The Canadian government’s proposed “luxury tax” on new recreational boats valued above $250,000 CAD went into effect September 1, 2022.
This month, the Canadian Department of Finance released a study and analysis on the economic impacts of the tax, which predicts a severe drop in sales revenue and hundreds of job losses from the federal luxury tax on new boats, airplanes and cars.
As reported in the Globe & Mail, when broken down by sector, the report says the vehicles market would be hardest hit in terms of reduced sales, with an impact of between $125.2 million and $210.2 million. Vessels would be next, with reduced sales of between $32.7 million and $102.9 million, followed by aircraft at between $13.5 million and $28.7 million.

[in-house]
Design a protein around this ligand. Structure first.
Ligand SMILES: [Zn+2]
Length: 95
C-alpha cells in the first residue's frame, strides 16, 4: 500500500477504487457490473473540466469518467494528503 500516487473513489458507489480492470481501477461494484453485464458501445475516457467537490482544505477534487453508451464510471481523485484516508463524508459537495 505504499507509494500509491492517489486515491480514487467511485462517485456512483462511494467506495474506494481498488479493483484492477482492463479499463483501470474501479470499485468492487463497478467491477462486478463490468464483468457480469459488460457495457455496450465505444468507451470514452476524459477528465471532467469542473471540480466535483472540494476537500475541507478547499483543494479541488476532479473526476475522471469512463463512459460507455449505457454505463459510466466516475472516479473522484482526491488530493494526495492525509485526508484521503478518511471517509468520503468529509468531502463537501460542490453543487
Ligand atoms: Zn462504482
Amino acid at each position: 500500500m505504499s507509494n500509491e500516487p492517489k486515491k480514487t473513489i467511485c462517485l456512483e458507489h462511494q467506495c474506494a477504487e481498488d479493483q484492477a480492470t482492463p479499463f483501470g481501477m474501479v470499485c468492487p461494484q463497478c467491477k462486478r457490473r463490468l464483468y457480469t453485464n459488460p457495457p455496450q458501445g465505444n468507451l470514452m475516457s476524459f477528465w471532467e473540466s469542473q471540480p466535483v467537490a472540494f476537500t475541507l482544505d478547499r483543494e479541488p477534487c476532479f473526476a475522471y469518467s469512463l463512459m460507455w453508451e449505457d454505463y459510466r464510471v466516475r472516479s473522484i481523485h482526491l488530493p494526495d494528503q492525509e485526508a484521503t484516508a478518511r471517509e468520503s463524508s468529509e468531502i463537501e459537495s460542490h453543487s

The government study findings include:
- The direct recreational boating sector will sustain 30-44% of job losses (70-220 full-time equivalents), while only making up 21% of luxury tax revenues.
- Sales losses for boating will amount to between $33M to $103M, or 1.84% to 5.81% of total domestic dales (compared to 0.15-0.26% for auto and 0.24-0.51% for aerospace).
- When factoring-in indirect and induced economic impacts, the boating industry could see GDP losses between $17.6M and $55M and job losses between 127-401. Again, 21% of revenues but 32% to 46% of job losses
Canada’s Parliamentary Budget Officer also put out a costing note that estimated $2.9 billion in lost sales over five years because of the tax–and the boating industry would take 75% of that hit. Marine businesses across the country have been reporting economic damage through an ongoing survey by Canada’s Marine Trade associations. The latest data shows $277 million in lost sales and over 100 job losses.